Being open to new adventures keeps life fresh and exciting. And, as you’ll see in the new novel “Decadence” by Eric Jerome Dickey, embracing new experiences can also fulfill fantasies.
Nia Simone Bijou was feeling restless.
It had been six weeks since she last saw her lover, Prada, and though their weekend together left her sated, it wasn’t for long. She had hoped that her friendship with the soldier, Bret, would turn into a repeat of their one-night stand, but friendship was all he seemed interested in. And so, filled with desire, Nia Simone applied for membership to Decadence, a very exclusive and private swinger’s club four hours away from her Smyrna townhouse.
Decadence fees were astonishing, the medical process was thorough, and the interview was long and deeply personal, but Nia Simone had nothing to hide. She was used to being naked in front of others and she wasn’t afraid to describe her fantasies. She wanted new experiences, club rules were simple, and very little was off-limits.
On her first visit, she turned from Watcher to Doer. Decadence was a lover’s playground and she wished she could bring Prada with her, though she knew he’d never share her. And since monogamy was boring, sharing was what Nia Simone really desired.
But while Decadence was everything she needed it to be, it wasn’t as anonymous as she’d hoped.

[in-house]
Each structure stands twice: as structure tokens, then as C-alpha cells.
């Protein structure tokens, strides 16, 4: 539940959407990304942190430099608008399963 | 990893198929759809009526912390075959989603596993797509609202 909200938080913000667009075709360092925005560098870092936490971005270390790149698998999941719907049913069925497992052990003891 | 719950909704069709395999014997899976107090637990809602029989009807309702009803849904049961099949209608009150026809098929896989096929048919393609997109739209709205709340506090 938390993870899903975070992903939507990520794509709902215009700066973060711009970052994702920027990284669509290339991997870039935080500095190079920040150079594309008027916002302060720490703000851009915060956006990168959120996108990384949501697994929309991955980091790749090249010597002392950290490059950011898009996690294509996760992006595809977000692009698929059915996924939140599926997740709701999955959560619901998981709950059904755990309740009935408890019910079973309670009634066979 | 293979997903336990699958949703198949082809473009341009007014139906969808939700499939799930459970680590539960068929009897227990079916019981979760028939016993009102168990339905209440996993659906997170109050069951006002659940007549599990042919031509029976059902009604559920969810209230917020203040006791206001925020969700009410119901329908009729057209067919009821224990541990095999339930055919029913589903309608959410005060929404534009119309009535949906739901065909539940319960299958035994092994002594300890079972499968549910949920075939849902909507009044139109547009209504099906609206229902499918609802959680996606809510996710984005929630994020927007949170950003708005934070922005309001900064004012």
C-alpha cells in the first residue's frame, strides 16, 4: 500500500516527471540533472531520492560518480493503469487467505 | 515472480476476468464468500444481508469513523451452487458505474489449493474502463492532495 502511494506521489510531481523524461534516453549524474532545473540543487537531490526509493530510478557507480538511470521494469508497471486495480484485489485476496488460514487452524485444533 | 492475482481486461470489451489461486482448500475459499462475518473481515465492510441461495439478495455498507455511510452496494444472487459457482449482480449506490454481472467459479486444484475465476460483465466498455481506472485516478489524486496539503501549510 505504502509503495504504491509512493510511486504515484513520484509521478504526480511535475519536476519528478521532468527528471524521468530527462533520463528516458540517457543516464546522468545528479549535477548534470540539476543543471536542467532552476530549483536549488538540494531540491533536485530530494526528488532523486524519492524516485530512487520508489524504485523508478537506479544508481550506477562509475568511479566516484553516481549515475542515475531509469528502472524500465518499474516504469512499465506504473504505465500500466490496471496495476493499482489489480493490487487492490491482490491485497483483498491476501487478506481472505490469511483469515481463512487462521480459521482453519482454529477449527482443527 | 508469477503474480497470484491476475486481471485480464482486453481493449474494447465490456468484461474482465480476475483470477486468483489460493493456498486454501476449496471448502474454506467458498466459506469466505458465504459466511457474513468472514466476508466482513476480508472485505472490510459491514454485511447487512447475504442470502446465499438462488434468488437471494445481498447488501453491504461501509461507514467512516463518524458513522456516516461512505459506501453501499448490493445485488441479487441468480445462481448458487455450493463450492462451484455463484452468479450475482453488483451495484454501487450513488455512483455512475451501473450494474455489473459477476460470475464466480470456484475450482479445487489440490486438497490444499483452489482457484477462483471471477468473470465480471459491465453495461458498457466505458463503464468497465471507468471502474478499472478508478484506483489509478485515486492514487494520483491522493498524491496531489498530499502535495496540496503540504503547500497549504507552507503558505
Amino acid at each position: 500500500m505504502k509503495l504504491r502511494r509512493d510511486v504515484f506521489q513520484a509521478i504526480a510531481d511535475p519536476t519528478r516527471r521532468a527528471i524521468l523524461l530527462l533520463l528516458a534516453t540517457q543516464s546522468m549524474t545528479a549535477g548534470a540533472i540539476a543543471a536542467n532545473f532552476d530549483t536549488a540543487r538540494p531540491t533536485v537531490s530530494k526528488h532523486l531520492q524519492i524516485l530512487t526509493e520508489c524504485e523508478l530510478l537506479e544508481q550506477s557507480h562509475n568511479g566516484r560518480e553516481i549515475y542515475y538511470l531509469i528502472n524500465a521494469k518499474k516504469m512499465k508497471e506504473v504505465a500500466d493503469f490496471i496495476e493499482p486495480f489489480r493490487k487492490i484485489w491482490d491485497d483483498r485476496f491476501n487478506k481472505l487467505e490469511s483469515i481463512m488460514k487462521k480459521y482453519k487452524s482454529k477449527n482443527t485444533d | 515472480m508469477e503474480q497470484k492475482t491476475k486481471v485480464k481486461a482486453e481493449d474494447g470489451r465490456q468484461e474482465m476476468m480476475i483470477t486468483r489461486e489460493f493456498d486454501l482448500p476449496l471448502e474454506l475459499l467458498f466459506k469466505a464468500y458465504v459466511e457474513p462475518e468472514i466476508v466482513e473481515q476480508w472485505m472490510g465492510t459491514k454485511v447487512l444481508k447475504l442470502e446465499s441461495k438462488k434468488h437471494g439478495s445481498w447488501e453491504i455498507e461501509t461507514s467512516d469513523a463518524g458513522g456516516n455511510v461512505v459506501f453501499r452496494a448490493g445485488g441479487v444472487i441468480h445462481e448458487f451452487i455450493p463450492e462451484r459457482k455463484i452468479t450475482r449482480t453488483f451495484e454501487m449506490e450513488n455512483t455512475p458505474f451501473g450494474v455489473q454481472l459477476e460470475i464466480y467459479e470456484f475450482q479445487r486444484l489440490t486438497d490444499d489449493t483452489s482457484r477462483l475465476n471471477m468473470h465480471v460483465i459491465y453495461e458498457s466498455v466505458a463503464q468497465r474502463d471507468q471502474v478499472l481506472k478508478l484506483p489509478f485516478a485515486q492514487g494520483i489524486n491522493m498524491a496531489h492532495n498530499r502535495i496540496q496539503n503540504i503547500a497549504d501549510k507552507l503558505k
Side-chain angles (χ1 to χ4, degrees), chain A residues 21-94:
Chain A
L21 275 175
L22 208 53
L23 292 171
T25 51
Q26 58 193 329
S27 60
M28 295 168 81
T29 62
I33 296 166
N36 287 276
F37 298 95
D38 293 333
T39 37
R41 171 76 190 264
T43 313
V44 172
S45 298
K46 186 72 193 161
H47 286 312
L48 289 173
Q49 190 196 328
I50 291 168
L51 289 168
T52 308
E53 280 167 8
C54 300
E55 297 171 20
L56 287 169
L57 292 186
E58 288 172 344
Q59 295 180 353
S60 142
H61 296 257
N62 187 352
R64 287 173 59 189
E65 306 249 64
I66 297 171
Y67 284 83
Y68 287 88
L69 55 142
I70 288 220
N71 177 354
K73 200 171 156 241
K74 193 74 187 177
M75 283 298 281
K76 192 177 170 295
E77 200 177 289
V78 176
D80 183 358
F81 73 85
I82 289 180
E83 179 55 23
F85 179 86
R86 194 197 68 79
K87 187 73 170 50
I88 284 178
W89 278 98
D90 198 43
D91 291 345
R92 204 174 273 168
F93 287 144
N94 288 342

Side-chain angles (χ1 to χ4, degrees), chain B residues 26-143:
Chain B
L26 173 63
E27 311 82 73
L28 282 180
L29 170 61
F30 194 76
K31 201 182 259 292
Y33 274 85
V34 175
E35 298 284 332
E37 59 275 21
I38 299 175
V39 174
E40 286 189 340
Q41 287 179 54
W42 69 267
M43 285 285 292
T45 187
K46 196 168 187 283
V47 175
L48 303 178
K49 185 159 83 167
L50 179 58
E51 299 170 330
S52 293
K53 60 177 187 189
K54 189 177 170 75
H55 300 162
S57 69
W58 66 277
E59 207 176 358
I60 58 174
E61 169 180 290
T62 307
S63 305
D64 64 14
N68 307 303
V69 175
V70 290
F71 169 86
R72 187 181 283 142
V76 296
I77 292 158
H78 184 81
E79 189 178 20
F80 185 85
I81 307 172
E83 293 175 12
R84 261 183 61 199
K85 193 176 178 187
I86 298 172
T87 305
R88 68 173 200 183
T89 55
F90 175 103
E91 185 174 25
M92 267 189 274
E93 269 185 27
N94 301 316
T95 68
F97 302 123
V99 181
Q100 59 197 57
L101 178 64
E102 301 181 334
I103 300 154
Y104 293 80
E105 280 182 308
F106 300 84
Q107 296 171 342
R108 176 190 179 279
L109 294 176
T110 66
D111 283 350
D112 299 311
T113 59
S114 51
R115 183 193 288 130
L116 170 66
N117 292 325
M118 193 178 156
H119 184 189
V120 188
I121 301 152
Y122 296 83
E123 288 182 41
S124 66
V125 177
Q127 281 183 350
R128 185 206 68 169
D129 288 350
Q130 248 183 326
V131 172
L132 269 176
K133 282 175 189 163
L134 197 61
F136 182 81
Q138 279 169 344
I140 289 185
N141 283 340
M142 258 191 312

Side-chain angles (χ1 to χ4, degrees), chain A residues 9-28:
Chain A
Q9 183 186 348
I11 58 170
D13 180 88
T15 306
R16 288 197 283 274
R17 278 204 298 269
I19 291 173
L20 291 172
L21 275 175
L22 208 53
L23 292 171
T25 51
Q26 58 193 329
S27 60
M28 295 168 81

Years before, when Nia Simone was in college, her heart was broken by her first love, a man who cheated on her with her pupil. It was still a fist to her gut when she thought about him – so seeing him in the club, watching him please that woman, brought white-hot anger to Nia Simone, and a need for sexual revenge.
Looking for a different Shade of Gray? You might find it here, so bring your oven mitts.
Yes, indeed, “Decadence” is hot with a capital “H.” It fairly blisters with explicitness – but it’s also relentless. Author Eric Jerome Dickey starts the action literally on the fourth word of this novel and he barely lets up until the end of the book. Alas, that relentlessness sometimes made me lose interest, which is when I started noticing a handful of words that are overused to the point of silliness, and a main character that speaks in tedious, faux-poetic metaphors.
To the good, though, there’s a thin plot in this book – which is better than some I’ve read in Dickey’s erotica collection. But really, let’s be honest: the plot isn’t why you’d want this book in the first place.
In case you didn’t catch on, this book is for adults only and shouldn’t even be kept in the same room with kids. If you’ve got that covered, then go ahead and give “Decadence” a try.
How to Toss Pitches That Hit the Target
By Marsha J Friedman
I’ve been saying it for 22 years: Getting mentioned in news stories and being interviewed on radio and TV is the best, most cost-effective marketing strategy.
By positioning yourself as an expert on topics relevant to your product or book, you also gain credibility. This is what I call “Celebritize Yourself.” It’s the boost you need to rise above the competition.
But, how do you get journalists interested in what you have to say? You might offer to write an article or blog post, or provide interesting TV or radio commentary on a topic in the news. Come up with a fresh angle that will add to a news story everyone’s talking about. For example, last year a client wrote a memoir about his years in the Secret Service. Imagine the placements he could get now with all the attention on the carousing agents in Colombia. He even got a placement on my radio show!